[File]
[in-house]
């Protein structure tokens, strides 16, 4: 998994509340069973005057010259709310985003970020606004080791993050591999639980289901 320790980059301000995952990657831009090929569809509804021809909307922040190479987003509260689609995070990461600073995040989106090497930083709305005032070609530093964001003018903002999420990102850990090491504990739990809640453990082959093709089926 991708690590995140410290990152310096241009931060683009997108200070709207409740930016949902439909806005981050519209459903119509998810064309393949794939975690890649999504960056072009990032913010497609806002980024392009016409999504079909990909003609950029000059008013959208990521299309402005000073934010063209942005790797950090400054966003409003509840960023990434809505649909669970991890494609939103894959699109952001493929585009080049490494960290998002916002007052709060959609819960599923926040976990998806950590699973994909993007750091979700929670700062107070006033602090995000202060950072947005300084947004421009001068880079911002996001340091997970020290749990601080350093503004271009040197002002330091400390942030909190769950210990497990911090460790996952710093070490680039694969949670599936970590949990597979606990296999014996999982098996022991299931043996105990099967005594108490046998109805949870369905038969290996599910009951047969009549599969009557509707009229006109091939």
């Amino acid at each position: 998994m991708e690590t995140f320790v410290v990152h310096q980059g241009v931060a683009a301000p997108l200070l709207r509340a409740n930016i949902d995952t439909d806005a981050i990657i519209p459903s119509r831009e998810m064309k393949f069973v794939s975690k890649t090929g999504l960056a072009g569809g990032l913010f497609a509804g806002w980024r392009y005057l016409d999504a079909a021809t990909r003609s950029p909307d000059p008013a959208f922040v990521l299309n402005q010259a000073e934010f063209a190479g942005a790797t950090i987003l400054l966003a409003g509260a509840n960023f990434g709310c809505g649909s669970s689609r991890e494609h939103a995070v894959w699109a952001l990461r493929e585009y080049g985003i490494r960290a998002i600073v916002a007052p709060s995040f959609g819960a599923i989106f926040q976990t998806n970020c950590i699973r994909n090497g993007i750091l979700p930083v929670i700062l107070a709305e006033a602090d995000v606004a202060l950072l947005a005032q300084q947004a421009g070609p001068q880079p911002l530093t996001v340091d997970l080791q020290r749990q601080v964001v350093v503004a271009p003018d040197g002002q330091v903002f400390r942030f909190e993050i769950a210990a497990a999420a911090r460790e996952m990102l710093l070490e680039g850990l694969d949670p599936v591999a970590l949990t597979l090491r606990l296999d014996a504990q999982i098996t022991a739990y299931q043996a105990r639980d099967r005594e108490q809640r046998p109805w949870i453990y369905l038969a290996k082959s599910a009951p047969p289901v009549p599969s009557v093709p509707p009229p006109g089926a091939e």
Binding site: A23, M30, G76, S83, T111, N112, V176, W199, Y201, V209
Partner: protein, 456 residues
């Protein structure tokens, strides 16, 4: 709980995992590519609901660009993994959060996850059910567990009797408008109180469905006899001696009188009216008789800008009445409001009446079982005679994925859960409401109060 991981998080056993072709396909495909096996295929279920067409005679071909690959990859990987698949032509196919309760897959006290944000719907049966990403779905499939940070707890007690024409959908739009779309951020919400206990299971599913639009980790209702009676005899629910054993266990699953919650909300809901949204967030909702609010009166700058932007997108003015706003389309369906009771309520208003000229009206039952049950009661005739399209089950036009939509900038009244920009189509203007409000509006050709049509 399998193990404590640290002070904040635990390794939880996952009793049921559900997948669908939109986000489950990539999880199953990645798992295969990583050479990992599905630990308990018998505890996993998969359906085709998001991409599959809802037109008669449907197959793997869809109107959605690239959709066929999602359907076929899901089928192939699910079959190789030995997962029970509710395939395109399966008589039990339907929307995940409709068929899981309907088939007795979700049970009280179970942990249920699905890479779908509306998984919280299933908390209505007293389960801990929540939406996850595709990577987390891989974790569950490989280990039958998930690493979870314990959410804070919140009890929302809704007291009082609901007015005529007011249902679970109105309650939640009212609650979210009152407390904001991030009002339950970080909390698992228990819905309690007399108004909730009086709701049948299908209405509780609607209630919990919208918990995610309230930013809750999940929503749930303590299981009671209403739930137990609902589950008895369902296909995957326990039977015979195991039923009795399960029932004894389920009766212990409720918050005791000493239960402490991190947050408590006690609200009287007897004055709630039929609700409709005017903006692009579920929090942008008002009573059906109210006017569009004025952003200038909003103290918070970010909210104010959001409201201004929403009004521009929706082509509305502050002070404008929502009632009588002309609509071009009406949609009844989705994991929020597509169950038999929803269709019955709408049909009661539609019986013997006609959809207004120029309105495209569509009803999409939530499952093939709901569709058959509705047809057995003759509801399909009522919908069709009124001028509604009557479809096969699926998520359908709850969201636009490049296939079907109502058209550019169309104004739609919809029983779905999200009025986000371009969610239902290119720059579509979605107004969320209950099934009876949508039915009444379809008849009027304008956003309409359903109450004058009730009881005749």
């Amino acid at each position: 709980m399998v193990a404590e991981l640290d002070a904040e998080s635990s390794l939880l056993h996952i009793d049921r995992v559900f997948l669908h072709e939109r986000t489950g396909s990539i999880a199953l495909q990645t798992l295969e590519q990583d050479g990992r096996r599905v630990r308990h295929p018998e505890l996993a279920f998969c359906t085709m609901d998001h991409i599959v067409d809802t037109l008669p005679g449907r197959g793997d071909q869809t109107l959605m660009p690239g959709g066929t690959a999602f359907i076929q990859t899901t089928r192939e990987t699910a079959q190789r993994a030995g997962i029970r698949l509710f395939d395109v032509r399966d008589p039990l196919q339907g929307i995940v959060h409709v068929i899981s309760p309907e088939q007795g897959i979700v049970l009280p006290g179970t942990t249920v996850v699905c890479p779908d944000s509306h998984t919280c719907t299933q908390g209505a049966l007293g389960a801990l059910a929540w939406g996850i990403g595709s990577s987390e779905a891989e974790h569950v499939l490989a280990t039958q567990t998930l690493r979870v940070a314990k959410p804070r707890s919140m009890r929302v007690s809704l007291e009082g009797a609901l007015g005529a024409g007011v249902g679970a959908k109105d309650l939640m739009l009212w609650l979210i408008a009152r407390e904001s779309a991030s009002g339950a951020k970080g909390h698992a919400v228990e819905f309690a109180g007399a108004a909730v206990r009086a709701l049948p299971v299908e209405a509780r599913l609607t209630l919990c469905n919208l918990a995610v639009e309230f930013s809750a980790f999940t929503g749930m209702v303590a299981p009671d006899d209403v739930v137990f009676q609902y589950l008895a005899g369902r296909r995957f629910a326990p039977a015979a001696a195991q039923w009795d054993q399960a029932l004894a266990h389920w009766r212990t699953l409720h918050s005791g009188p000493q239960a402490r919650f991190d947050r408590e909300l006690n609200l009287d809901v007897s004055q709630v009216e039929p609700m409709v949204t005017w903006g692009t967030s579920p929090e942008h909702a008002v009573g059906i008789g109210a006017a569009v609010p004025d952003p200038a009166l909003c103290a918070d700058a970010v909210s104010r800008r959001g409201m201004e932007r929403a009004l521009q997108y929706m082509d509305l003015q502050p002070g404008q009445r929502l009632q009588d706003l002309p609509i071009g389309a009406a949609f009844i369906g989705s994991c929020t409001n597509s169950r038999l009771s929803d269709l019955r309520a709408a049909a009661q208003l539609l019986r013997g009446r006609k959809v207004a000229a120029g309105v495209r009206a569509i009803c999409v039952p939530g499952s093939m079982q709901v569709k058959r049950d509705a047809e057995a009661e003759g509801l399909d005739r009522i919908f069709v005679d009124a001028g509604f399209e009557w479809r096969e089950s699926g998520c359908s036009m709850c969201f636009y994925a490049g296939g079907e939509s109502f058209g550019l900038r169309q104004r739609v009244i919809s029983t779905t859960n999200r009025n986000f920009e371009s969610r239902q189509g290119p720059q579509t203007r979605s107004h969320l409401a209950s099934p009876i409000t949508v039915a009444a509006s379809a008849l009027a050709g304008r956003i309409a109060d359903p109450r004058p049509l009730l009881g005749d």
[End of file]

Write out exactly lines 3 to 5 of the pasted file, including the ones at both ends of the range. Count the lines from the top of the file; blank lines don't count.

């Amino acid at each position: 998994m991708e690590t995140f320790v410290v990152h310096q980059g241009v931060a683009a301000p997108l200070l709207r509340a409740n930016i949902d995952t439909d806005a981050i990657i519209p459903s119509r831009e998810m064309k393949f069973v794939s975690k890649t090929g999504l960056a072009g569809g990032l913010f497609a509804g806002w980024r392009y005057l016409d999504a079909a021809t990909r003609s950029p909307d000059p008013a959208f922040v990521l299309n402005q010259a000073e934010f063209a190479g942005a790797t950090i987003l400054l966003a409003g509260a509840n960023f990434g709310c809505g649909s669970s689609r991890e494609h939103a995070v894959w699109a952001l990461r493929e585009y080049g985003i490494r960290a998002i600073v916002a007052p709060s995040f959609g819960a599923i989106f926040q976990t998806n970020c950590i699973r994909n090497g993007i750091l979700p930083v929670i700062l107070a709305e006033a602090d995000v606004a202060l950072l947005a005032q300084q947004a421009g070609p001068q880079p911002l530093t996001v340091d997970l080791q020290r749990q601080v964001v350093v503004a271009p003018d040197g002002q330091v903002f400390r942030f909190e993050i769950a210990a497990a999420a911090r460790e996952m990102l710093l070490e680039g850990l694969d949670p599936v591999a970590l949990t597979l090491r606990l296999d014996a504990q999982i098996t022991a739990y299931q043996a105990r639980d099967r005594e108490q809640r046998p109805w949870i453990y369905l038969a290996k082959s599910a009951p047969p289901v009549p599969s009557v093709p509707p009229p006109g089926a091939e």
Binding site: A23, M30, G76, S83, T111, N112, V176, W199, Y201, V209
Partner: protein, 456 residues